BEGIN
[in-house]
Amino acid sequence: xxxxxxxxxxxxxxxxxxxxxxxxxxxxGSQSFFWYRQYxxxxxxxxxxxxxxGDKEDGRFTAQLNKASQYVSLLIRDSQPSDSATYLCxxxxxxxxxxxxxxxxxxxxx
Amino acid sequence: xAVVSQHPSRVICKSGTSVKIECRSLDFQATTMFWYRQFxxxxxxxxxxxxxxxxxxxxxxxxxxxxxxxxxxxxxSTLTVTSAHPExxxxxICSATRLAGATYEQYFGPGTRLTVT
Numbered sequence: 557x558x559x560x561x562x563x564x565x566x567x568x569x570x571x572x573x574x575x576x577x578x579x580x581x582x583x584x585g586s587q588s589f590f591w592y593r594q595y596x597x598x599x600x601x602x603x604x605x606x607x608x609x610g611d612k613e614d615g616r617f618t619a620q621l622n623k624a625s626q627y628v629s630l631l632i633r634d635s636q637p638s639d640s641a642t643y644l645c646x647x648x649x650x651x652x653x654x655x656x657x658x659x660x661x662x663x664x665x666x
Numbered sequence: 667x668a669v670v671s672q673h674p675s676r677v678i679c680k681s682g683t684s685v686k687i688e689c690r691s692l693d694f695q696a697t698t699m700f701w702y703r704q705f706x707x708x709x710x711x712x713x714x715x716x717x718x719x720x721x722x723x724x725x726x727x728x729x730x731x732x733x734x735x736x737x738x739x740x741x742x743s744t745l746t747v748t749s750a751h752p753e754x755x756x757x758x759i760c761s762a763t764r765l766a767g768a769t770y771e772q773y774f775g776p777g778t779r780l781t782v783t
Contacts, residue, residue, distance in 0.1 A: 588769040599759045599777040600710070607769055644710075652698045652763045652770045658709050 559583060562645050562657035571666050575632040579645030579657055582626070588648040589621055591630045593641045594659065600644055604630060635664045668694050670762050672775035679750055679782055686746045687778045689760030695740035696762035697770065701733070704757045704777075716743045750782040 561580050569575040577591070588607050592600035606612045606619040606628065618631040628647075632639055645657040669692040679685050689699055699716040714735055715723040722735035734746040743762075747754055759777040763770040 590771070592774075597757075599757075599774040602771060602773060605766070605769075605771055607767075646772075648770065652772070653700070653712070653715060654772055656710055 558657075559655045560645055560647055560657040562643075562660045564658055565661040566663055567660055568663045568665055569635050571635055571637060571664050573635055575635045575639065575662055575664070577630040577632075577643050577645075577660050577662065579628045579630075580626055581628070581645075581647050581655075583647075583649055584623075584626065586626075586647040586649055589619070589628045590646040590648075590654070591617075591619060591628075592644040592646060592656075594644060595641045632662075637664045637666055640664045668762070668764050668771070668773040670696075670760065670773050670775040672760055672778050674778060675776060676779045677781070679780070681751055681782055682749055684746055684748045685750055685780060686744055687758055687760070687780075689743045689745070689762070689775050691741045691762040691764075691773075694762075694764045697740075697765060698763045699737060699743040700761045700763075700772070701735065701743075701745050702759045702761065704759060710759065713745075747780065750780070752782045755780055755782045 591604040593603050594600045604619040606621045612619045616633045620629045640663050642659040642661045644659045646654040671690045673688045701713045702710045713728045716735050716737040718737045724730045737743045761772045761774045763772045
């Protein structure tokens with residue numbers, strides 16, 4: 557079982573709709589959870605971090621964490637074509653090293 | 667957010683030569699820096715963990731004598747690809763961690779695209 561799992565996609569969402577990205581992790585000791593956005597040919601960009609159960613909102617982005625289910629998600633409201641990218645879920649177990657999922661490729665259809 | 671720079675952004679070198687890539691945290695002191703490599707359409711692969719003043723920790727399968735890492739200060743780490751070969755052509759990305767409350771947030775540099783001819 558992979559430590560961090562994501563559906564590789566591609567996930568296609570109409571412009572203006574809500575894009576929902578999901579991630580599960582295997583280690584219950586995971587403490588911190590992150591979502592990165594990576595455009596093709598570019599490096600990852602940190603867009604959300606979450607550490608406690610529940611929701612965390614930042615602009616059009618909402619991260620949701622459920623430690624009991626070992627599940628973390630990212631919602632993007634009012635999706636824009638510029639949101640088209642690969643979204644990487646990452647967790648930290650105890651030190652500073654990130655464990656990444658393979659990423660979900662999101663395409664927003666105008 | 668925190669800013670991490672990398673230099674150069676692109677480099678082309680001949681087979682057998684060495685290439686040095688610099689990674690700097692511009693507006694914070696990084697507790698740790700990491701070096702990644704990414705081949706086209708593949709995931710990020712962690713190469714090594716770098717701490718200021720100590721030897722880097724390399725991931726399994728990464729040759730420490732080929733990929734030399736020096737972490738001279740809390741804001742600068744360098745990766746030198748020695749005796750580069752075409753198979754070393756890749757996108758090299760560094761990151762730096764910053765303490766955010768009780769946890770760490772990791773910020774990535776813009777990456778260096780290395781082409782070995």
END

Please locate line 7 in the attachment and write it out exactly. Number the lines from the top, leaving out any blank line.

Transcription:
């Protein structure tokens with residue numbers, strides 16, 4: 557079982573709709589959870605971090621964490637074509653090293 | 667957010683030569699820096715963990731004598747690809763961690779695209 561799992565996609569969402577990205581992790585000791593956005597040919601960009609159960613909102617982005625289910629998600633409201641990218645879920649177990657999922661490729665259809 | 671720079675952004679070198687890539691945290695002191703490599707359409711692969719003043723920790727399968735890492739200060743780490751070969755052509759990305767409350771947030775540099783001819 558992979559430590560961090562994501563559906564590789566591609567996930568296609570109409571412009572203006574809500575894009576929902578999901579991630580599960582295997583280690584219950586995971587403490588911190590992150591979502592990165594990576595455009596093709598570019599490096600990852602940190603867009604959300606979450607550490608406690610529940611929701612965390614930042615602009616059009618909402619991260620949701622459920623430690624009991626070992627599940628973390630990212631919602632993007634009012635999706636824009638510029639949101640088209642690969643979204644990487646990452647967790648930290650105890651030190652500073654990130655464990656990444658393979659990423660979900662999101663395409664927003666105008 | 668925190669800013670991490672990398673230099674150069676692109677480099678082309680001949681087979682057998684060495685290439686040095688610099689990674690700097692511009693507006694914070696990084697507790698740790700990491701070096702990644704990414705081949706086209708593949709995931710990020712962690713190469714090594716770098717701490718200021720100590721030897722880097724390399725991931726399994728990464729040759730420490732080929733990929734030399736020096737972490738001279740809390741804001742600068744360098745990766746030198748020695749005796750580069752075409753198979754070393756890749757996108758090299760560094761990151762730096764910053765303490766955010768009780769946890770760490772990791773910020774990535776813009777990456778260096780290395781082409782070995």